Search the internet for “cemetery” and “friends of” and you will find a number of independent maintenance associations. We’re not referring to Facebook groups that organize volunteer events for an abandoned cemetery, but rather we want to highlight those formal organizations established to provide continuing financial assistance to an active cemetery.
As a cemetery nears its capacity, revenues from lot sales and interment services will decline. Most cemeteries are already experiencing revenue declines because of the public’s embrace of cremation. Declining revenues require cuts to the cemetery’s maintenance budget. This situation has led some of our cemetery clients to convert to tax exempt status so they may seek donations from prominent individuals with family buried in the cemetery. However, caring families are frequently taking an independent route by forming their own maintenance association.
Established by descendants of cemetery lot owners, an independent maintenance association may have an agenda that differs from that of the cemetery board. While the cemetery board may be focused on keeping the grass cut and the roads in repair, the independent maintenance association may want the chapel renovated, the mausoleum roof repaired or historic markers replaced. Not wanting their donations diverted to general cemetery needs, the independent maintenance association retains control over its own budget or trust. The association can also steer clear of trust distribution constraints that may be imposed by state law on the cemetery endowed care trust.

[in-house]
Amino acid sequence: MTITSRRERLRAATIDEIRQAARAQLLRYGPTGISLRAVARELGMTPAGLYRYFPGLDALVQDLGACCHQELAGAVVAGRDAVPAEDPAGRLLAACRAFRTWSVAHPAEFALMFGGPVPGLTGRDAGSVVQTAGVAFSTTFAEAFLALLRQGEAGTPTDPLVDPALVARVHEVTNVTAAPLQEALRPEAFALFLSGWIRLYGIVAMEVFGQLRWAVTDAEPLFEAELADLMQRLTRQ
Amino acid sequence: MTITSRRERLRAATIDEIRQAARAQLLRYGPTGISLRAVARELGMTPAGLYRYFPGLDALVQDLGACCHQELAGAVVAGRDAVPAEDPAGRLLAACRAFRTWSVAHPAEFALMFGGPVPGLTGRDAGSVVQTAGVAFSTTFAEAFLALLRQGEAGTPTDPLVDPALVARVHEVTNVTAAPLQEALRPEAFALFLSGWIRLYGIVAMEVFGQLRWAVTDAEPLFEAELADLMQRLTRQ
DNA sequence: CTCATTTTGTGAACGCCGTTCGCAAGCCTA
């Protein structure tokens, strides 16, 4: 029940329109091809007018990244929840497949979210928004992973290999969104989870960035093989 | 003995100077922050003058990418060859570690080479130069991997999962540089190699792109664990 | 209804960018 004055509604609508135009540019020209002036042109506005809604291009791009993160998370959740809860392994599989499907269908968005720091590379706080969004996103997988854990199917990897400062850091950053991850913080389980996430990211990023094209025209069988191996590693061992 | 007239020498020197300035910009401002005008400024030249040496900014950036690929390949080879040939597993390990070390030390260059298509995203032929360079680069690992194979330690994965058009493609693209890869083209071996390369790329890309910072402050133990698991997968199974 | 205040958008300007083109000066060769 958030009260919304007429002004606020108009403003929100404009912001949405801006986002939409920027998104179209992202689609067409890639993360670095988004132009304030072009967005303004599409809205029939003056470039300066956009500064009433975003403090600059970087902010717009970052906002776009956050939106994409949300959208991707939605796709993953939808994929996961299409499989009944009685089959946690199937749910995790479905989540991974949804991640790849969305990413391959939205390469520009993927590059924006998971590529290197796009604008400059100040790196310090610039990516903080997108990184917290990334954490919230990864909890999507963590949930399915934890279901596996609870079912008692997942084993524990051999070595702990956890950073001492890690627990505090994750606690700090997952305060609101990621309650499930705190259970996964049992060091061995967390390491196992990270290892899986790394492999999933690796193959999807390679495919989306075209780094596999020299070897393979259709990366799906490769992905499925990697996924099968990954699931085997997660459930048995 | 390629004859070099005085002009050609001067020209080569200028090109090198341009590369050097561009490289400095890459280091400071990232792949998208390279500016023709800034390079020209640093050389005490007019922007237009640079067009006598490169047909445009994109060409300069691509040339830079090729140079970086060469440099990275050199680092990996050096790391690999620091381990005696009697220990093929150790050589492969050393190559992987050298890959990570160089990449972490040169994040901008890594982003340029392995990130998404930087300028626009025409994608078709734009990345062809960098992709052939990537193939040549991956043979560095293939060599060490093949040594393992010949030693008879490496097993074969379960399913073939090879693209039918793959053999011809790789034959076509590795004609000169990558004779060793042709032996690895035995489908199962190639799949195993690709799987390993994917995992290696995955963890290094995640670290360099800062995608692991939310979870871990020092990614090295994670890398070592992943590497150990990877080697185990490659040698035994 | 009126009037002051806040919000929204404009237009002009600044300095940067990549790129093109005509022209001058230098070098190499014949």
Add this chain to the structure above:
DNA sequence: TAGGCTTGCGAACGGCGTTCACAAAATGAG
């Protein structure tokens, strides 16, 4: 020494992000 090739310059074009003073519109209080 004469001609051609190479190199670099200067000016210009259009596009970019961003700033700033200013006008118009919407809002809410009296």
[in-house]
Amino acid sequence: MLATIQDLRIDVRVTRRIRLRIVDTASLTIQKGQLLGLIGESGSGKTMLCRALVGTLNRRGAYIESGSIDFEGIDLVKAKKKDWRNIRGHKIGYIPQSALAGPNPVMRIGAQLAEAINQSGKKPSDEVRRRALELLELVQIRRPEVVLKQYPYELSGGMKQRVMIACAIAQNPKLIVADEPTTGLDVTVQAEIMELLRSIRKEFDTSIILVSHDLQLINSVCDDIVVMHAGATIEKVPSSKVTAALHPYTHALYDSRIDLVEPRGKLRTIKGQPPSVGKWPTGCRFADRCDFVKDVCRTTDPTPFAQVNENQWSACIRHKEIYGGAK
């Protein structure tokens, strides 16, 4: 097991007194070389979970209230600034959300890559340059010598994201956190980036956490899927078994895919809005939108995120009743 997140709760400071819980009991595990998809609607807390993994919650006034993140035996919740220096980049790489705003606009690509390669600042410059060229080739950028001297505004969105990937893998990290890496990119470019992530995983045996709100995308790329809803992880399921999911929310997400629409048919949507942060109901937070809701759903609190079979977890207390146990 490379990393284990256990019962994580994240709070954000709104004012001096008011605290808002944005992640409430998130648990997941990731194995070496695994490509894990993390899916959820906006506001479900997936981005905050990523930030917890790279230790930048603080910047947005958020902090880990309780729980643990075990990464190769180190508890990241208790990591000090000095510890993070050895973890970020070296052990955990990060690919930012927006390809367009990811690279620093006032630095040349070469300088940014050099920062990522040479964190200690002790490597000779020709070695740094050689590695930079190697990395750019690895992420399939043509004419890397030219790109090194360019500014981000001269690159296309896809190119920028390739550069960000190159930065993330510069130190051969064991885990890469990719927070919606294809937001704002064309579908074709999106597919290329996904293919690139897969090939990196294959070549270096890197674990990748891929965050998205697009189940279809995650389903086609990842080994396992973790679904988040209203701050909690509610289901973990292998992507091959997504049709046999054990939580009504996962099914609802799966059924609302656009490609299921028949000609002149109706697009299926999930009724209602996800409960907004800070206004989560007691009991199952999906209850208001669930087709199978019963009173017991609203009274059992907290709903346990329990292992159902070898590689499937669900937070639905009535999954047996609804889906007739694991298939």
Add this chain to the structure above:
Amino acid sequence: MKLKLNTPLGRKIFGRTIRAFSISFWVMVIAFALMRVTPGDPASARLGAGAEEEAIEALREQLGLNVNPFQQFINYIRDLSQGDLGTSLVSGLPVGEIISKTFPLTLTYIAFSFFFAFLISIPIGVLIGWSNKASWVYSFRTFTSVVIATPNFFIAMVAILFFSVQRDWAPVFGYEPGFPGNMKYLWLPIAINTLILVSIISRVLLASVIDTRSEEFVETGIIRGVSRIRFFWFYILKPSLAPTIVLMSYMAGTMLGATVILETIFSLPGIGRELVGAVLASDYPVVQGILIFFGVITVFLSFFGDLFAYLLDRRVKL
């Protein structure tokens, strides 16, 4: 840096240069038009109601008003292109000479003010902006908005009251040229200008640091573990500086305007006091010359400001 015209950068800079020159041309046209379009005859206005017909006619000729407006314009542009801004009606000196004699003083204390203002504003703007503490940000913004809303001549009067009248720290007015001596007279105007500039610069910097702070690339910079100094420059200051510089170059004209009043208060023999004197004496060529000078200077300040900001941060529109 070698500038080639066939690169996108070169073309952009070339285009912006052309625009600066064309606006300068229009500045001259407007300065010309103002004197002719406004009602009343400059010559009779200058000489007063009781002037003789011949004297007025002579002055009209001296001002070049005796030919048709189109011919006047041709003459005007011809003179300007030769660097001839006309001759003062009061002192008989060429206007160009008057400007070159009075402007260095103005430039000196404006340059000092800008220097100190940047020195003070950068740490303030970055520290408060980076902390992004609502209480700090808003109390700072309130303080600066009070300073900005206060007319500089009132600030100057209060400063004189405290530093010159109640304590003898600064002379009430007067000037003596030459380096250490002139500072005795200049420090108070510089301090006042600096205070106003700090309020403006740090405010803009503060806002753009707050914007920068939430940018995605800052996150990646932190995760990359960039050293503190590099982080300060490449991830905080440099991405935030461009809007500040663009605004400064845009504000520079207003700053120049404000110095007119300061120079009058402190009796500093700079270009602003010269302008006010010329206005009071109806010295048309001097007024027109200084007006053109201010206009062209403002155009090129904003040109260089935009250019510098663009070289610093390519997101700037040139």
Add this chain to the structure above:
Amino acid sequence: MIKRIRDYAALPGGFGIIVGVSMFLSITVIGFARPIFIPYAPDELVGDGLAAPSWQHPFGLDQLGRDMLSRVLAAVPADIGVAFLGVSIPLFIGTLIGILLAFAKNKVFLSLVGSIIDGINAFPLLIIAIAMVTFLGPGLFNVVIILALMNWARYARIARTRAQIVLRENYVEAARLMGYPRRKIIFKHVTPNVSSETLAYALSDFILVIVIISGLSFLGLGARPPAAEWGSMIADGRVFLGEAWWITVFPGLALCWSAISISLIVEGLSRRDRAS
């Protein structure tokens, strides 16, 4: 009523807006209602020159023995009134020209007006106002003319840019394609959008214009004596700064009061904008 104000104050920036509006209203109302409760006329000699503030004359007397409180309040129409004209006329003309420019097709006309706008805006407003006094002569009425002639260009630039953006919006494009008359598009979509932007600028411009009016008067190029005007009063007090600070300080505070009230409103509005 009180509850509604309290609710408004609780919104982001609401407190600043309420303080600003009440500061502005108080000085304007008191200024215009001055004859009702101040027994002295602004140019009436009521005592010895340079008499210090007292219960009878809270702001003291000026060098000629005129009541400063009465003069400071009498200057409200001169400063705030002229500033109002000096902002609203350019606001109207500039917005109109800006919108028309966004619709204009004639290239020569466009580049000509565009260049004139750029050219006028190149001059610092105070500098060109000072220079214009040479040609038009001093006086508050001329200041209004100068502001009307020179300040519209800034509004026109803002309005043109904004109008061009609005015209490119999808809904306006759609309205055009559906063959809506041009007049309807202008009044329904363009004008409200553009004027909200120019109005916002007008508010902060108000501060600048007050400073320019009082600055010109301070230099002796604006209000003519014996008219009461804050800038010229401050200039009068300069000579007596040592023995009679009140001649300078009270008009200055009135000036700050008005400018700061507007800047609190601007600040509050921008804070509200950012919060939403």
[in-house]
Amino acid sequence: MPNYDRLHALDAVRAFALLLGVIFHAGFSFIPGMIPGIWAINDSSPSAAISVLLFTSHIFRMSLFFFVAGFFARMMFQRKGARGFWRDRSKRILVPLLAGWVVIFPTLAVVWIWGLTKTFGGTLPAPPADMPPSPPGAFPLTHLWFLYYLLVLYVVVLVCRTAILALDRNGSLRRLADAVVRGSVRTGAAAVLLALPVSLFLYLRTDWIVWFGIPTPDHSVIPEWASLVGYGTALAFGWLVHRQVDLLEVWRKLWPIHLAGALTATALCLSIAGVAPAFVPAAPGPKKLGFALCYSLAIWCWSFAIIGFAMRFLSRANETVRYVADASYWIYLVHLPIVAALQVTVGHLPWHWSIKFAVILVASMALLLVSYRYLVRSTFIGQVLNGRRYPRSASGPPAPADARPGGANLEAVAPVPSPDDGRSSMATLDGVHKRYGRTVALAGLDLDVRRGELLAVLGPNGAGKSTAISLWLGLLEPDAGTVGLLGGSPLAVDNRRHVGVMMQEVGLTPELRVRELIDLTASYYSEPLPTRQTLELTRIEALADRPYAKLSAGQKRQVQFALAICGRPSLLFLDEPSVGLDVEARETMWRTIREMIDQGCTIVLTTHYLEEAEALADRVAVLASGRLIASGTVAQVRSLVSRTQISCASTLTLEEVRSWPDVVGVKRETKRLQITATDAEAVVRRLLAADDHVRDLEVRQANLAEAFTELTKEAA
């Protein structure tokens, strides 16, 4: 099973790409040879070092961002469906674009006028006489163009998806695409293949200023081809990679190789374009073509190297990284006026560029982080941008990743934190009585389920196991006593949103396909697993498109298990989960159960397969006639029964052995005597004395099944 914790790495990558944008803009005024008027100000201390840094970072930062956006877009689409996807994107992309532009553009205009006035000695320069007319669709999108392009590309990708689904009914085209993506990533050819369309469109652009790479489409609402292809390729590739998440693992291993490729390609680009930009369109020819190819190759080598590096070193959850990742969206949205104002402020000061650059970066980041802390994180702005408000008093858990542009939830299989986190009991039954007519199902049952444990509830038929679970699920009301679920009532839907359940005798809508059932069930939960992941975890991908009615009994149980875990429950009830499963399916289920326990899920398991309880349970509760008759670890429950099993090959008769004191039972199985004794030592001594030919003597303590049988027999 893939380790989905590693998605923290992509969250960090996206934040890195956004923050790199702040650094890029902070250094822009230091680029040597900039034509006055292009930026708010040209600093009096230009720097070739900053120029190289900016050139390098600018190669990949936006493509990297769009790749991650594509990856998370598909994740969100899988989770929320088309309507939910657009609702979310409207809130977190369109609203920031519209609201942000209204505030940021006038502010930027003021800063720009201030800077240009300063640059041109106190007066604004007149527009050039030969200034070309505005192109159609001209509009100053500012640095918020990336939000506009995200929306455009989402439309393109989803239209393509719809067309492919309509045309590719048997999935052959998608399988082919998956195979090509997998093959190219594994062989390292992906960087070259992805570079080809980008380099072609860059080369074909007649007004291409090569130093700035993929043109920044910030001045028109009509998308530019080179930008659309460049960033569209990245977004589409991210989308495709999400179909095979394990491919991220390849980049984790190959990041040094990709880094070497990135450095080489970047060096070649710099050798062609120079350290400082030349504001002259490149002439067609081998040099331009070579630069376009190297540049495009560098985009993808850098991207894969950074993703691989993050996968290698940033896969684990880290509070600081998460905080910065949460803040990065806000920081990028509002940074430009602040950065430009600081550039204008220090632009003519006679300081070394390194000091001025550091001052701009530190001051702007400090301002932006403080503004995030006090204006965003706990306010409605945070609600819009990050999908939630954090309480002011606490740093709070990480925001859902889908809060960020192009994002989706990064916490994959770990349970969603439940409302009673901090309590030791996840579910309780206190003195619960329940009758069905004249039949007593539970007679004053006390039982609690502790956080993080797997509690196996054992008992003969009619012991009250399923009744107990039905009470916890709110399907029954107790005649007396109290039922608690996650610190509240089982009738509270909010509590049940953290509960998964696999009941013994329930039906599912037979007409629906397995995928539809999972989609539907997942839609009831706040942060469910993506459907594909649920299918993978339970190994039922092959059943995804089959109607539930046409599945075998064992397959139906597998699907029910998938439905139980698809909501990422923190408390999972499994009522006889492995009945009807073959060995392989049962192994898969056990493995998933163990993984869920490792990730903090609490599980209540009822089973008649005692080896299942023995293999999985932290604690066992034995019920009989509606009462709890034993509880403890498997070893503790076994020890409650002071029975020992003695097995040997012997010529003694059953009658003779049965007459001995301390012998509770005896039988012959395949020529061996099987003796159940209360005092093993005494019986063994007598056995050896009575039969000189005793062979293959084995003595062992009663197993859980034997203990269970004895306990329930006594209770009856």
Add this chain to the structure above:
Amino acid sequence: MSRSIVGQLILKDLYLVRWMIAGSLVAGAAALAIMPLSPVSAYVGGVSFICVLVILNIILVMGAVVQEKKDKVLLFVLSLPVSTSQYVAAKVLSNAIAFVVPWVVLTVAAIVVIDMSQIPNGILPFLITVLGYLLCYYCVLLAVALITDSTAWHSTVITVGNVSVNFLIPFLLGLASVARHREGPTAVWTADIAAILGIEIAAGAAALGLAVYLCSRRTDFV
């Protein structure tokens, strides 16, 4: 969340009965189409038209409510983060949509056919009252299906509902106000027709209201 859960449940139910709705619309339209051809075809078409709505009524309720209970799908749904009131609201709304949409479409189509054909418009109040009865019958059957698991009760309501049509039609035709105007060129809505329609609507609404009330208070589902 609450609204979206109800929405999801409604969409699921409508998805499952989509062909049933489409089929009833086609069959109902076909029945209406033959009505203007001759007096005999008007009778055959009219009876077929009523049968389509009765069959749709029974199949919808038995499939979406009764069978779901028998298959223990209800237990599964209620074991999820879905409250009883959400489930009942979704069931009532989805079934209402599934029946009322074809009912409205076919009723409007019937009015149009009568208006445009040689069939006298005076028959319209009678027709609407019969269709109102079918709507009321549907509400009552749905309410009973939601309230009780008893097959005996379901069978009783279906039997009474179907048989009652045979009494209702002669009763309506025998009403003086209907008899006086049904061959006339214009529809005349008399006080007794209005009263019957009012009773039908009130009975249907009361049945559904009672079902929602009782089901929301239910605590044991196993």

To achieve its own tax exempt status (so that donations are deductible), the independent maintenance association must qualify with the IRS as either a Section 501(c)(3) charity or a Section 501(c)(13) cemetery company. Implicit in this approval is that association also be formed under state law as a company or association. Costs will be incurred with both the formation of the company and the IRS filing.
The following hyperlink will take you to the Perservation and Enhancement Fund page of Mount Olivet Cemetery in Frederick, Maryland. This page provides history of their ‘friends/preservation’ association and the challenges of preserving their garden cemetery. The page provides a valuable marketing tool in seeking donations.
The independent maintenance association is not a friend that is available to the for-profit cemetery. The tax exempt status precludes the association from providing maintenance assistance that is otherwise required from a for profit company. For cemeteries with a mausoleum in need of repairs, we have seen the mausoleum being transferred to a new 501(c)(13) company. Future crypt sales provide revenue for mausoleum repairs, and the independent maintenance association is then formed to help subsidize repairs and future upkeep.